1845 — 1923
Wihelm Rontgen was a German physicist who was the first person to systematically produce and detect electromagnetic radiation in a wavelength range today known as X-rays or Röntgen rays. His discovery of X-rays was a great revolution in the fields of physics and medicine and electrified the general public. He named it X-radiation to signify an unknown type of radiation. His discovery earned him the Rumford Medal of the Royal Society of London in 1896 and the first Nobel Prize in Physics in 1901. He is also known for his discoveries in mechanics, heat, and electricity.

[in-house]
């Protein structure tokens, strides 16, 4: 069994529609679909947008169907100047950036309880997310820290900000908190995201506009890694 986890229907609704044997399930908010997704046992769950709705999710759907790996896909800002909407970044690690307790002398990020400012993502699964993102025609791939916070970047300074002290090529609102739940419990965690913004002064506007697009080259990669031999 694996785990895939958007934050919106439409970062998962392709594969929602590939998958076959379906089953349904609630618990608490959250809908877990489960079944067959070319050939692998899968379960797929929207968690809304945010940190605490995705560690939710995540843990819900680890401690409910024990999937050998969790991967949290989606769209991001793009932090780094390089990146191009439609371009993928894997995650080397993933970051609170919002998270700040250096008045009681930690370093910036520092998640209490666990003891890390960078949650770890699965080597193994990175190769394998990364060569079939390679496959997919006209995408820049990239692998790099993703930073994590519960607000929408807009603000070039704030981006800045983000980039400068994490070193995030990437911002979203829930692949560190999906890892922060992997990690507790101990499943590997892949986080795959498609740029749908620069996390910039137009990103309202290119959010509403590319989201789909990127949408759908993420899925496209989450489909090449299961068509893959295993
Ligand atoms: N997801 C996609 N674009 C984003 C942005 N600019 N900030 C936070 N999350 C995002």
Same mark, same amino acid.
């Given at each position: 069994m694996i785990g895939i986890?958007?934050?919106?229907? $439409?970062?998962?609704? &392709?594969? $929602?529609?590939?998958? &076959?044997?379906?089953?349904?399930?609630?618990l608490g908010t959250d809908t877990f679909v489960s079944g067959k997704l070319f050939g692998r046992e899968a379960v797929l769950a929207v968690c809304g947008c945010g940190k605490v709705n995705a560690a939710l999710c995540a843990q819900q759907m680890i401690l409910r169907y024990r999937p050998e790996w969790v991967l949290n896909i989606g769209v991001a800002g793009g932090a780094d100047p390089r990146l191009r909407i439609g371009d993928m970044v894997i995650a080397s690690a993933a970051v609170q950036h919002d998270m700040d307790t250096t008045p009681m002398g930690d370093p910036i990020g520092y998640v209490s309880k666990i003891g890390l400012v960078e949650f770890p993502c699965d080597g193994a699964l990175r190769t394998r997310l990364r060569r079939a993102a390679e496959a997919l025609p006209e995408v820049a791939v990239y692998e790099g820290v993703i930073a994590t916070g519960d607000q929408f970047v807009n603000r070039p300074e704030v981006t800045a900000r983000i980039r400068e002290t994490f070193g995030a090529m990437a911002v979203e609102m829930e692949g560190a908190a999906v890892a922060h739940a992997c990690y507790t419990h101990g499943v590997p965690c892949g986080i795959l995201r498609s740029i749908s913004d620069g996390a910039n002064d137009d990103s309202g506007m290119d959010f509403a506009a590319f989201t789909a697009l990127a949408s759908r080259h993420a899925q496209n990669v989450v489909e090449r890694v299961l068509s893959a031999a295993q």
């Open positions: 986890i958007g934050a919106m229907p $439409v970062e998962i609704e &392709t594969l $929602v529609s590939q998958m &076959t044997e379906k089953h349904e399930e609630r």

X-ray film displays the radiographic image and consists of emulsion of silver halide which, when exposed to light, produces a sliver ion and an electron. The electrons get attached to the sensitivity specks and attract the silver ion.
X-ray films use a lot of silver and thus its discovery created a secondary business of recovering silver from X-rays.